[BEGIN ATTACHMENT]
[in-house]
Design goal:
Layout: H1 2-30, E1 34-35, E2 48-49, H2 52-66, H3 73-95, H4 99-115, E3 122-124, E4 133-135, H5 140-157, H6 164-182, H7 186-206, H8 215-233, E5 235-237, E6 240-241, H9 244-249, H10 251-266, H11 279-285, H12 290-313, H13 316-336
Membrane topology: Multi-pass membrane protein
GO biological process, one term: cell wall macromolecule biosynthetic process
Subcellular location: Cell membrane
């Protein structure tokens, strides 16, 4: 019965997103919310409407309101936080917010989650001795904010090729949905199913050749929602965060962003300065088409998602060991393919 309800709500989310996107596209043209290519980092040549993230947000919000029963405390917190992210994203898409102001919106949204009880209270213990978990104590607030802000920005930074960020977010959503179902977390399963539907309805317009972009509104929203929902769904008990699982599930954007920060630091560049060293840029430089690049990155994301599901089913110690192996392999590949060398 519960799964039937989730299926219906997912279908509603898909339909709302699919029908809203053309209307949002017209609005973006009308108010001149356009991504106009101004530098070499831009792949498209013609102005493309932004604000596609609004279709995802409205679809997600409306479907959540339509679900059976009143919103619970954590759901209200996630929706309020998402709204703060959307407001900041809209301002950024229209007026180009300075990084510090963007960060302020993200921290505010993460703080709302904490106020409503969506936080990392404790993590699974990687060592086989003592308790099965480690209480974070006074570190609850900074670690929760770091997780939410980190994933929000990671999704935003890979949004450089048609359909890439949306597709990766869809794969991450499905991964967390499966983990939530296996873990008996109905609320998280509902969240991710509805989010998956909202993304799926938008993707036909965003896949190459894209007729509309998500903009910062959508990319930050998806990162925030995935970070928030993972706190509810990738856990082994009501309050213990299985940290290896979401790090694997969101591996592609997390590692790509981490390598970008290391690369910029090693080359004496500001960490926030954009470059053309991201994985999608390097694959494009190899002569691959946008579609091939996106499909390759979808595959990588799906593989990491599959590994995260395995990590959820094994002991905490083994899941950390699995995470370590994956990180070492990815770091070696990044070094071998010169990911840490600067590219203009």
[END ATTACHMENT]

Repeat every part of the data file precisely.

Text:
[in-house]
Design goal:
Layout: H1 2-30, E1 34-35, E2 48-49, H2 52-66, H3 73-95, H4 99-115, E3 122-124, E4 133-135, H5 140-157, H6 164-182, H7 186-206, H8 215-233, E5 235-237, E6 240-241, H9 244-249, H10 251-266, H11 279-285, H12 290-313, H13 316-336
Membrane topology: Multi-pass membrane protein
GO biological process, one term: cell wall macromolecule biosynthetic process
Subcellular location: Cell membrane
């Protein structure tokens, strides 16, 4: 019965997103919310409407309101936080917010989650001795904010090729949905199913050749929602965060962003300065088409998602060991393919 309800709500989310996107596209043209290519980092040549993230947000919000029963405390917190992210994203898409102001919106949204009880209270213990978990104590607030802000920005930074960020977010959503179902977390399963539907309805317009972009509104929203929902769904008990699982599930954007920060630091560049060293840029430089690049990155994301599901089913110690192996392999590949060398 519960799964039937989730299926219906997912279908509603898909339909709302699919029908809203053309209307949002017209609005973006009308108010001149356009991504106009101004530098070499831009792949498209013609102005493309932004604000596609609004279709995802409205679809997600409306479907959540339509679900059976009143919103619970954590759901209200996630929706309020998402709204703060959307407001900041809209301002950024229209007026180009300075990084510090963007960060302020993200921290505010993460703080709302904490106020409503969506936080990392404790993590699974990687060592086989003592308790099965480690209480974070006074570190609850900074670690929760770091997780939410980190994933929000990671999704935003890979949004450089048609359909890439949306597709990766869809794969991450499905991964967390499966983990939530296996873990008996109905609320998280509902969240991710509805989010998956909202993304799926938008993707036909965003896949190459894209007729509309998500903009910062959508990319930050998806990162925030995935970070928030993972706190509810990738856990082994009501309050213990299985940290290896979401790090694997969101591996592609997390590692790509981490390598970008290391690369910029090693080359004496500001960490926030954009470059053309991201994985999608390097694959494009190899002569691959946008579609091939996106499909390759979808595959990588799906593989990491599959590994995260395995990590959820094994002991905490083994899941950390699995995470370590994956990180070492990815770091070696990044070094071998010169990911840490600067590219203009």